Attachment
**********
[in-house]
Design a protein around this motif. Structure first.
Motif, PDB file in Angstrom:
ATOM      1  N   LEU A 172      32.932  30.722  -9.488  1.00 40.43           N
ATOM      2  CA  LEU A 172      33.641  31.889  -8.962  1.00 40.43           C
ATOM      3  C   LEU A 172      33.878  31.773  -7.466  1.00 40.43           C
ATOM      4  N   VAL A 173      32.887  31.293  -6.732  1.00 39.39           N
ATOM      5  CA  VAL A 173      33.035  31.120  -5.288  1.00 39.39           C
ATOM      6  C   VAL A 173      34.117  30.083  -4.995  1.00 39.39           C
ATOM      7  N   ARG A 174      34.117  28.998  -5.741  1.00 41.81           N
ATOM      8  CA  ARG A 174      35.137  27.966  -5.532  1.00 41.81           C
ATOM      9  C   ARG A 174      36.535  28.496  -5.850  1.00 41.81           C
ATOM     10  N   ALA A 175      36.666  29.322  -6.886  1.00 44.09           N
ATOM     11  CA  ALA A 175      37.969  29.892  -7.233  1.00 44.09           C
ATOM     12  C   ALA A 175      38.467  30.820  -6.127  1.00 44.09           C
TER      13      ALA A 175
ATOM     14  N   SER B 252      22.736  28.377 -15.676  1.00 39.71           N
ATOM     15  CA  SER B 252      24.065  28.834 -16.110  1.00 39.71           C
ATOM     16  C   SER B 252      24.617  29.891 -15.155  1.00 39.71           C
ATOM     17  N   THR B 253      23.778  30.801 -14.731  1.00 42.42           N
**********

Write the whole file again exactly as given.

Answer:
[in-house]
Design a protein around this motif. Structure first.
Motif, PDB file in Angstrom:
ATOM      1  N   LEU A 172      32.932  30.722  -9.488  1.00 40.43           N
ATOM      2  CA  LEU A 172      33.641  31.889  -8.962  1.00 40.43           C
ATOM      3  C   LEU A 172      33.878  31.773  -7.466  1.00 40.43           C
ATOM      4  N   VAL A 173      32.887  31.293  -6.732  1.00 39.39           N
ATOM      5  CA  VAL A 173      33.035  31.120  -5.288  1.00 39.39           C
ATOM      6  C   VAL A 173      34.117  30.083  -4.995  1.00 39.39           C
ATOM      7  N   ARG A 174      34.117  28.998  -5.741  1.00 41.81           N
ATOM      8  CA  ARG A 174      35.137  27.966  -5.532  1.00 41.81           C
ATOM      9  C   ARG A 174      36.535  28.496  -5.850  1.00 41.81           C
ATOM     10  N   ALA A 175      36.666  29.322  -6.886  1.00 44.09           N
ATOM     11  CA  ALA A 175      37.969  29.892  -7.233  1.00 44.09           C
ATOM     12  C   ALA A 175      38.467  30.820  -6.127  1.00 44.09           C
TER      13      ALA A 175
ATOM     14  N   SER B 252      22.736  28.377 -15.676  1.00 39.71           N
ATOM     15  CA  SER B 252      24.065  28.834 -16.110  1.00 39.71           C
ATOM     16  C   SER B 252      24.617  29.891 -15.155  1.00 39.71           C
ATOM     17  N   THR B 253      23.778  30.801 -14.731  1.00 42.42           N